Our class has been working to develop ideas about what they are reading to write a one page written essay.
Readers read the passage two times. The first time is to get an idea about what the text is about and what the author is trying to tell us. The second time is to underline important information (key ideas), to circle challenging and confusing words, to write any questions, and to write your thinking (annotate).
Students have been writing responses based on one text AND responses based on two texts that are related (paired texts).
Below are the steps students take to answer a paired text question, and the success criteria for the written essay.
Steps I take to answer a paired text question:
- Analyze the question. What is it asking?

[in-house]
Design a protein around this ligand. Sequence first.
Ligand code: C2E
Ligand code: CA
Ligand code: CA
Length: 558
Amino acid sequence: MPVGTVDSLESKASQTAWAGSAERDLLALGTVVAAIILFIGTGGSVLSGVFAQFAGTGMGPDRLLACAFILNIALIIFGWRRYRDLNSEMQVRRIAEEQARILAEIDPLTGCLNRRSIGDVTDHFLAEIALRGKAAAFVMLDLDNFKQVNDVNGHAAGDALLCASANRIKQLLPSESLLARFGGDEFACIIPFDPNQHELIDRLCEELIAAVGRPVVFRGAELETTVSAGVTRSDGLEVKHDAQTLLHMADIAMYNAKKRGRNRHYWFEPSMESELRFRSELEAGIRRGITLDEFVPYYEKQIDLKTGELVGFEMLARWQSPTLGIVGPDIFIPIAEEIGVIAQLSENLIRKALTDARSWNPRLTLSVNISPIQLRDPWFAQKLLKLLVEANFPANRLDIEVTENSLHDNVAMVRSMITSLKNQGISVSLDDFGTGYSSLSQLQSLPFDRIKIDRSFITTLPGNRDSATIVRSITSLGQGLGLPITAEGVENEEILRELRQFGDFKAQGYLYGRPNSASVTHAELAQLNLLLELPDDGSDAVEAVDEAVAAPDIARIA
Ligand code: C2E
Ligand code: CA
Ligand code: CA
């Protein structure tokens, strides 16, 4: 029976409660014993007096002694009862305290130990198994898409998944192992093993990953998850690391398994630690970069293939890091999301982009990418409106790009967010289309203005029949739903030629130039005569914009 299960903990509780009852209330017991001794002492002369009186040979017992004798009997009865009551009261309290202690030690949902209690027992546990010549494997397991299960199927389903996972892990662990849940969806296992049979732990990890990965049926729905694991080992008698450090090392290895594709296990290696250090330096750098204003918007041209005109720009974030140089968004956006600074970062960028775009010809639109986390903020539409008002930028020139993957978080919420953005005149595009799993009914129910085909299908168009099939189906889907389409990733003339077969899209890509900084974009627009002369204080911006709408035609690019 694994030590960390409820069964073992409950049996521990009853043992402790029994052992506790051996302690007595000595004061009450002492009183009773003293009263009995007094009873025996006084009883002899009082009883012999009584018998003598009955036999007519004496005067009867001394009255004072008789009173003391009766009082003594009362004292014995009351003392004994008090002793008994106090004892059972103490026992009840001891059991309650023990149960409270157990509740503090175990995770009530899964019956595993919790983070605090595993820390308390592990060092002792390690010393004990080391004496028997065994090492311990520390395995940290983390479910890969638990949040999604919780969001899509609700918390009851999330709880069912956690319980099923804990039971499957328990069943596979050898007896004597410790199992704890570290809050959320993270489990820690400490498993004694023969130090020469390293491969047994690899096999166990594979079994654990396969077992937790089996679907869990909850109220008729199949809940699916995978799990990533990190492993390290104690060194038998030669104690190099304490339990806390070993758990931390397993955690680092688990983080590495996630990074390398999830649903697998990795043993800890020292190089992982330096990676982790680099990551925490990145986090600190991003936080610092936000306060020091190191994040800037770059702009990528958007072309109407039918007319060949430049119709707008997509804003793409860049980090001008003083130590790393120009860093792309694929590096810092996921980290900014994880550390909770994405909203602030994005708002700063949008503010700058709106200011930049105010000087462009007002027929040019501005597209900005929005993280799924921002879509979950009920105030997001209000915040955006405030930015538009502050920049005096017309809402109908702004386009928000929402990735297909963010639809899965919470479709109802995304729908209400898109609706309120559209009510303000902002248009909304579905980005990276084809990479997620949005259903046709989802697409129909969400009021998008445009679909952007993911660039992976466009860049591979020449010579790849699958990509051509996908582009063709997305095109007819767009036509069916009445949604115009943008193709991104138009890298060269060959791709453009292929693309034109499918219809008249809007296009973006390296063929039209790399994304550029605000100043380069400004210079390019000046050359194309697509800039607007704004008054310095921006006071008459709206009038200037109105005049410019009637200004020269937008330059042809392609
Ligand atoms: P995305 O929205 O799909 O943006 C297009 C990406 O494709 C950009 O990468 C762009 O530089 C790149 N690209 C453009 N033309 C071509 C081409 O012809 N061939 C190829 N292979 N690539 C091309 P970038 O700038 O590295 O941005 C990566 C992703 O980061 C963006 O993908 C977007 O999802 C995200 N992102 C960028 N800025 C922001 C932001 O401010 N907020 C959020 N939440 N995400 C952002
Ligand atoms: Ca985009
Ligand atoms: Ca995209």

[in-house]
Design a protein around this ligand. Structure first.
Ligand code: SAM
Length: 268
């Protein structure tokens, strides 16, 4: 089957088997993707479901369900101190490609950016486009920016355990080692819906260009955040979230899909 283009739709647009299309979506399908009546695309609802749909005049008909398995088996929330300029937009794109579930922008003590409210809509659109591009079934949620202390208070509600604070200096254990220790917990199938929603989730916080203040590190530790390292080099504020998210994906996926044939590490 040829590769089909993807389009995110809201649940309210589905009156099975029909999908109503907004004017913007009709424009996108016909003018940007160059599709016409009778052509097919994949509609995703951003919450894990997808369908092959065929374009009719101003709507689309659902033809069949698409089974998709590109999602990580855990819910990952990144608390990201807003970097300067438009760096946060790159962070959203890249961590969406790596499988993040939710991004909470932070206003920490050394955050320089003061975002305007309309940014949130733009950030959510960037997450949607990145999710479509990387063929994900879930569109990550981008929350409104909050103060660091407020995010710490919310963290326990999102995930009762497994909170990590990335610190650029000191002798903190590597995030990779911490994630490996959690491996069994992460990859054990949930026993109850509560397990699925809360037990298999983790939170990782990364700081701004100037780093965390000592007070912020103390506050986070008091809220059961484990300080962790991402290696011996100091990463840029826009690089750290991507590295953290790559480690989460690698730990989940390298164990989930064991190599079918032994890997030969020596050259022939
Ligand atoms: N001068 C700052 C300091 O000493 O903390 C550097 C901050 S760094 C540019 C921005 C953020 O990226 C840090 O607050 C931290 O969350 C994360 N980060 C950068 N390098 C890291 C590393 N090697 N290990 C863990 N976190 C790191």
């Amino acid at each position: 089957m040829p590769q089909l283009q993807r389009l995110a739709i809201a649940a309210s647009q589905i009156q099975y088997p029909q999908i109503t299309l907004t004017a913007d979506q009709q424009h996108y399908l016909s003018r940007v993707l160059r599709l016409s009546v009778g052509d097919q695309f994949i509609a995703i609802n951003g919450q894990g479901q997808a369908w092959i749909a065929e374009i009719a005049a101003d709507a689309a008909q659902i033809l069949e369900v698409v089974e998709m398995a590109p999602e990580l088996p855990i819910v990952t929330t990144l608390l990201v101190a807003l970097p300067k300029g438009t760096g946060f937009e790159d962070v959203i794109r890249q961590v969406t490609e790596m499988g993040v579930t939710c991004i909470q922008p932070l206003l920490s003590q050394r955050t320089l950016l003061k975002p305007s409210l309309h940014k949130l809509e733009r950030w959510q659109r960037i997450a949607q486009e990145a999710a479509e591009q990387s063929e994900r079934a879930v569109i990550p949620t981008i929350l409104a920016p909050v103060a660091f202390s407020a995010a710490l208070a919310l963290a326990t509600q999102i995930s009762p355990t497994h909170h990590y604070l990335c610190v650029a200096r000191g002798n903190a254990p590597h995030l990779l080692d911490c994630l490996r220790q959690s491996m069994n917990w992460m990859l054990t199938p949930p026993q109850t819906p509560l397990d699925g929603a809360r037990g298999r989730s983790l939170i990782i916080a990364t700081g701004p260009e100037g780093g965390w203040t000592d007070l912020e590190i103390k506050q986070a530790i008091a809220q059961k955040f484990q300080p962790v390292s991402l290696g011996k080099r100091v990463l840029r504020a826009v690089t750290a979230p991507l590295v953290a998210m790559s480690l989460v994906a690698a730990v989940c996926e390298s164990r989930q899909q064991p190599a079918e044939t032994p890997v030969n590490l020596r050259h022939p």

- Look at the first text and my annotations. Find clues to answer the question.
- Look at the second text and my annotations. Find clues to answer the question.
- Develop a central idea. This is the center of the writing.
- Answer the question using evidence from the texts. Use your box and bullets organizer (see below) to plan your response. Then write your response.
I know I am successful when:
- I answered all parts of the question.
- I stated my central idea at the beginning of the essay.
- I gave evidence from the text or texts.
- I gave an explanation (say more) sentence for each piece of evidence. (Be sure to connect back to central idea)
- I wrote a conclusion sentence (so what).
After students are finished with the essay they use a checklist to critique their writing. This checklist allows them to analyze their writing for the central idea, evidence, explanation, and conclusion. Perhaps the most important component is identifying what they need to work on so that they can continue to improve their writing.
Below you can see students hard at work. They are reading essays and evaluating the essays based on the “Writing about Reading Checklist”.
The entire class has made significant progress and we will continue to work on writing about texts.